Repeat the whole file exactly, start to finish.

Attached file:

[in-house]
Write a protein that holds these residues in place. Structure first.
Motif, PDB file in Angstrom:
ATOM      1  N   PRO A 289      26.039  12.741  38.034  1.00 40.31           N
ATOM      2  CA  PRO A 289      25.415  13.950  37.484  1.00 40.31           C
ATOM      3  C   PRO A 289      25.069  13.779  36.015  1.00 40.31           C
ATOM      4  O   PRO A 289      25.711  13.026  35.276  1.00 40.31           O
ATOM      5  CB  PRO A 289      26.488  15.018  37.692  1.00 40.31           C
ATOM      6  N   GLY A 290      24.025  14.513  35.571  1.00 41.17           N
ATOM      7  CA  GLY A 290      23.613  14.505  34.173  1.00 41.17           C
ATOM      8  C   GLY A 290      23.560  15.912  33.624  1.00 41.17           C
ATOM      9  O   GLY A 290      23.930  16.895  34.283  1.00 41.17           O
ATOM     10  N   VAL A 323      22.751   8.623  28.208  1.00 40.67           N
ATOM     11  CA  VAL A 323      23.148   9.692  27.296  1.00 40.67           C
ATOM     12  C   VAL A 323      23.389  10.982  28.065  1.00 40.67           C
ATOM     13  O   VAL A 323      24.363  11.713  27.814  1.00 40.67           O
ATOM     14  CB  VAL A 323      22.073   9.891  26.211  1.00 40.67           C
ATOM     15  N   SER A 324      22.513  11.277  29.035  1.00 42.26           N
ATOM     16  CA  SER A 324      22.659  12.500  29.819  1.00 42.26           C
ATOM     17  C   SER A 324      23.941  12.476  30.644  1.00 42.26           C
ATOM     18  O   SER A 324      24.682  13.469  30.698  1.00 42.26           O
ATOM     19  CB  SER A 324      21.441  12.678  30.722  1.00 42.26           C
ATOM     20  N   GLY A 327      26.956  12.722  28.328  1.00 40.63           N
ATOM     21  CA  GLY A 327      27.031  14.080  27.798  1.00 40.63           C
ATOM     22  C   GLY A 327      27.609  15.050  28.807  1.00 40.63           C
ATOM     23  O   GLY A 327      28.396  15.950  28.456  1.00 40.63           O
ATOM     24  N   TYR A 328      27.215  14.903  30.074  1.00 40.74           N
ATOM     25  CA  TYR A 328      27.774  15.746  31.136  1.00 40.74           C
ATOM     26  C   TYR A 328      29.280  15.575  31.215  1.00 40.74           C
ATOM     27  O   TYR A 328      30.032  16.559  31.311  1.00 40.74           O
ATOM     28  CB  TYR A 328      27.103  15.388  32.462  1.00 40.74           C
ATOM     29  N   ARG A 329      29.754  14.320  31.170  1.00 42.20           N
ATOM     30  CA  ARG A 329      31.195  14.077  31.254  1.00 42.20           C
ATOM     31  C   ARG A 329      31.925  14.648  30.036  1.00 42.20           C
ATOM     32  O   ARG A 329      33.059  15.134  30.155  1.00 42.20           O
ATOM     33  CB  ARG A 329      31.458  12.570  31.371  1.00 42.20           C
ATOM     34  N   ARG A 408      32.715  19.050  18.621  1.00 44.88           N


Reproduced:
[in-house]
Write a protein that holds these residues in place. Structure first.
Motif, PDB file in Angstrom:
ATOM      1  N   PRO A 289      26.039  12.741  38.034  1.00 40.31           N
ATOM      2  CA  PRO A 289      25.415  13.950  37.484  1.00 40.31           C
ATOM      3  C   PRO A 289      25.069  13.779  36.015  1.00 40.31           C
ATOM      4  O   PRO A 289      25.711  13.026  35.276  1.00 40.31           O
ATOM      5  CB  PRO A 289      26.488  15.018  37.692  1.00 40.31           C
ATOM      6  N   GLY A 290      24.025  14.513  35.571  1.00 41.17           N
ATOM      7  CA  GLY A 290      23.613  14.505  34.173  1.00 41.17           C
ATOM      8  C   GLY A 290      23.560  15.912  33.624  1.00 41.17           C
ATOM      9  O   GLY A 290      23.930  16.895  34.283  1.00 41.17           O
ATOM     10  N   VAL A 323      22.751   8.623  28.208  1.00 40.67           N
ATOM     11  CA  VAL A 323      23.148   9.692  27.296  1.00 40.67           C
ATOM     12  C   VAL A 323      23.389  10.982  28.065  1.00 40.67           C
ATOM     13  O   VAL A 323      24.363  11.713  27.814  1.00 40.67           O
ATOM     14  CB  VAL A 323      22.073   9.891  26.211  1.00 40.67           C
ATOM     15  N   SER A 324      22.513  11.277  29.035  1.00 42.26           N
ATOM     16  CA  SER A 324      22.659  12.500  29.819  1.00 42.26           C
ATOM     17  C   SER A 324      23.941  12.476  30.644  1.00 42.26           C
ATOM     18  O   SER A 324      24.682  13.469  30.698  1.00 42.26           O
ATOM     19  CB  SER A 324      21.441  12.678  30.722  1.00 42.26           C
ATOM     20  N   GLY A 327      26.956  12.722  28.328  1.00 40.63           N
ATOM     21  CA  GLY A 327      27.031  14.080  27.798  1.00 40.63           C
ATOM     22  C   GLY A 327      27.609  15.050  28.807  1.00 40.63           C
ATOM     23  O   GLY A 327      28.396  15.950  28.456  1.00 40.63           O
ATOM     24  N   TYR A 328      27.215  14.903  30.074  1.00 40.74           N
ATOM     25  CA  TYR A 328      27.774  15.746  31.136  1.00 40.74           C
ATOM     26  C   TYR A 328      29.280  15.575  31.215  1.00 40.74           C
ATOM     27  O   TYR A 328      30.032  16.559  31.311  1.00 40.74           O
ATOM     28  CB  TYR A 328      27.103  15.388  32.462  1.00 40.74           C
ATOM     29  N   ARG A 329      29.754  14.320  31.170  1.00 42.20           N
ATOM     30  CA  ARG A 329      31.195  14.077  31.254  1.00 42.20           C
ATOM     31  C   ARG A 329      31.925  14.648  30.036  1.00 42.20           C
ATOM     32  O   ARG A 329      33.059  15.134  30.155  1.00 42.20           O
ATOM     33  CB  ARG A 329      31.458  12.570  31.371  1.00 42.20           C
ATOM     34  N   ARG A 408      32.715  19.050  18.621  1.00 44.88           N